The day began early, at 3 a.m., an emotional hasta luego leave-taking of his family before the ride to Aeropuerto Internacional de la Ciudad de México, located five kilometres from the epi-centre of the world’s fourth largest metropolis.
“My grandmother, she’s 82, she was the worst hit … got the most emotional,’’ confesses Andres Salgado, having finally reached McMahon Stadium, his luggage still trying to find its way north from a connection in San Francisco. “She hugged me, was like: ‘But you’re … leaving.’ “They are all excited for me, though. “A hard time saying goodbye to my loved ones but at the same time you cannot lose this opportunity, to have a shot to play in the CFL, at a great, great level of competition.
Outfitted in his requisite black Calgary Stampeders tee and toting the rookie-camp playbook – the heft of a Spanish translation of Les Miserables – Salgado
Only days removed from latching onto a 44-yard game-winning TD pass in Tazon Mexico IV (Mexico Bowl IV), propelling his Mexico City Condors to a 20-16 title triumph over the Naucalpan Raptors, he arrived for the Stampeders’ rookie camp, which runs Thursday through Saturday.
Salgado hopes to someday replicate the same sort of collaborative mojo with Bo Levi Mitchell that he pulled off with Condors’ QB Diego Perez Arvizu at the 33,000-seat Estadio Azul on Sunday.
“This,’’ Salgado says of these early days of the Liga De Football Americano Profesional-CFL union, “is a great way for Mexico to be noticed. It puts the spotlight on us. We have to perform at the highest level possible. You cannot back down from any challenge. You have to overcome whatever’s in front of you. Hopefully this will open up a closer connection between Canada and Mexico.”
The Stamps’ first of three selections among the Mexican talent pool, Salgado latched onto 31 passes for 586 yards and 11 TDs last season for the surprise-package Condors.
The sport, fuelled by the global NFL profile, continues to escalate in his homeland. He, however, caught the bug late on and purely by chance.
“One of my best friends since six years old, Mauricio, he played football his entire life, from youth to peewee and so on. I never did. I was a soccer player, basketball, volleyball. I stayed at his home one night and the next day he had a football practice. He said: ‘Hey, you should come over, you should try it. It’s fun.’ I said: ‘OK, let’s go.’ An off-season practice – we ran sprints, caught footballs. And I fell in love with the game right away.”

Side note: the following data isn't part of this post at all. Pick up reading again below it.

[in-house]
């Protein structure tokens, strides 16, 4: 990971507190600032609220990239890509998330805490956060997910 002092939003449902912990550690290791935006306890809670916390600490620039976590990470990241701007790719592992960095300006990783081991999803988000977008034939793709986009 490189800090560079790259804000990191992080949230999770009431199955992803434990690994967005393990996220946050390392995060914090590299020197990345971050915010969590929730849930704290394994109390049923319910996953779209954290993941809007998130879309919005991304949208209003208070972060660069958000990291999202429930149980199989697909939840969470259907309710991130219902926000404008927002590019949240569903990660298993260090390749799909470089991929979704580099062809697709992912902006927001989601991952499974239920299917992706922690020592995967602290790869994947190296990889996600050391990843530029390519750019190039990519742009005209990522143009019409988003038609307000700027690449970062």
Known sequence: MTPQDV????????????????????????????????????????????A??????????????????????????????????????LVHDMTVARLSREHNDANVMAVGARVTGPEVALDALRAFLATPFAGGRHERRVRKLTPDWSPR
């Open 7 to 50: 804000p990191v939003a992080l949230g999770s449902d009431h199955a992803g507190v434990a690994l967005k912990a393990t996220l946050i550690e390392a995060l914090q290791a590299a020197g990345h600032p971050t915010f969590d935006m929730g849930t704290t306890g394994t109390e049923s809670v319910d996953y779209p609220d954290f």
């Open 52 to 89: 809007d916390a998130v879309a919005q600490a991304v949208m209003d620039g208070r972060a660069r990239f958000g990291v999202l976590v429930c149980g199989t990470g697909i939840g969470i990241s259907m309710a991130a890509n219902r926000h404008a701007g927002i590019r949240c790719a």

Salgado was 17 then.
That was in 2009, a decade of working his way up the ladder ago.
Until now and this new working relationship between the countries and leagues, the CFL has been a hazy alternative, off in the background.
“I knew it existed,’’ says Salgado. “I knew it was the second highest level of football in the world and the oldest, I think. Yes, it is? 106, 107 years plus, right? We don’t see a lot of CFL games back home. Only from time to time. The last game I saw was the championship game, the Stamps versus RedBlacks, the Grey Cup. “From an offensive viewpoint, it seemed maybe it’s a little bit easier because (the field) is a LOT bigger and defenders have to cover a lot of ground. But the game looked pretty awesome. I saw the broadcast on ESPN. Big crowd. Great football party. Football brings the best out of people in any country. Canada. Mexico. The U.S. Europe. Wherever. The emotions flow.”
While understanding the interest he and the rest of the Mexican imports in the early days of this experiment are bound to generate, Salgado doesn’t feel like a pioneer of sorts, or any sort of curiosity.
“There’s going to be people who try to criticize, doesn’t matter where you are, what you’re doing,’’ he reckons. “People can be like: ‘Hey, these guys are top in Mexico, they’re getting their shot.’ Then maybe we have a bad practice, something happens and they say: ‘Why did they bring them to Canada?’ There’s nothing you can do about that. “We’re here to play, to learn.”
What matters is that he – and the rest of the Mexican recruits – have landed, the connection has been made and, fingers crossed, can continue to be cultivated.
“We have our shot,’’ says Salgado proudly. “Twenty-seven players across the CFL have their shot. It’s a job. They pay you here for playing football. We haven’t had that shot in Mexico. We have it now.”
A decade after falling in love at first sight after saying over at a pal’s house, Salgado has no idea what Mauricio, the person responsible in a way for his being here at all, thinks of this chance.
“You’re really just blessed with the opportunity,” he says. “I hope I don’t let any people down. I’ll just give it my best. That’s it. That’s all. That’s what I’m looking for: To take advantage of the opportunity. The nerves, the fear, the emotion … that’s what makes you human. That’s what makes you go. That’s what makes you flow. You can feel them. But if you’re dream’s bigger, none of that matters.”